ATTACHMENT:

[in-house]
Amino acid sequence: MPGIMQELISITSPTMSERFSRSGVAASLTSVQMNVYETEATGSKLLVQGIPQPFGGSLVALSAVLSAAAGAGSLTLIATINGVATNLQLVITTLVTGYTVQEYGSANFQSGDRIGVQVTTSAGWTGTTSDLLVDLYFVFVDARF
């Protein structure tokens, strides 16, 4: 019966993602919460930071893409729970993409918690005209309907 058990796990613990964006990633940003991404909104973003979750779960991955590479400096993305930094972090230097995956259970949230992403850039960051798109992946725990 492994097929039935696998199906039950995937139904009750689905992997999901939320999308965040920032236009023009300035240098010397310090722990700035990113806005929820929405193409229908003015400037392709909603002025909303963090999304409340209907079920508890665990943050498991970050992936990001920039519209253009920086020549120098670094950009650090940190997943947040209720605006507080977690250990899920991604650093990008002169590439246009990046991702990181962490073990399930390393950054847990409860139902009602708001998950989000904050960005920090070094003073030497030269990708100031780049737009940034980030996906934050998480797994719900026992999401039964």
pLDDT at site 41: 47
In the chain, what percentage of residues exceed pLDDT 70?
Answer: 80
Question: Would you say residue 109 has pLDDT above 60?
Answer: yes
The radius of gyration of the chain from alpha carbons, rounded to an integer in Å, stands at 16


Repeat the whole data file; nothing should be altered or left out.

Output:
[in-house]
Amino acid sequence: MPGIMQELISITSPTMSERFSRSGVAASLTSVQMNVYETEATGSKLLVQGIPQPFGGSLVALSAVLSAAAGAGSLTLIATINGVATNLQLVITTLVTGYTVQEYGSANFQSGDRIGVQVTTSAGWTGTTSDLLVDLYFVFVDARF
């Protein structure tokens, strides 16, 4: 019966993602919460930071893409729970993409918690005209309907 058990796990613990964006990633940003991404909104973003979750779960991955590479400096993305930094972090230097995956259970949230992403850039960051798109992946725990 492994097929039935696998199906039950995937139904009750689905992997999901939320999308965040920032236009023009300035240098010397310090722990700035990113806005929820929405193409229908003015400037392709909603002025909303963090999304409340209907079920508890665990943050498991970050992936990001920039519209253009920086020549120098670094950009650090940190997943947040209720605006507080977690250990899920991604650093990008002169590439246009990046991702990181962490073990399930390393950054847990409860139902009602708001998950989000904050960005920090070094003073030497030269990708100031780049737009940034980030996906934050998480797994719900026992999401039964």
pLDDT at site 41: 47
In the chain, what percentage of residues exceed pLDDT 70?
Answer: 80
Question: Would you say residue 109 has pLDDT above 60?
Answer: yes
The radius of gyration of the chain from alpha carbons, rounded to an integer in Å, stands at 16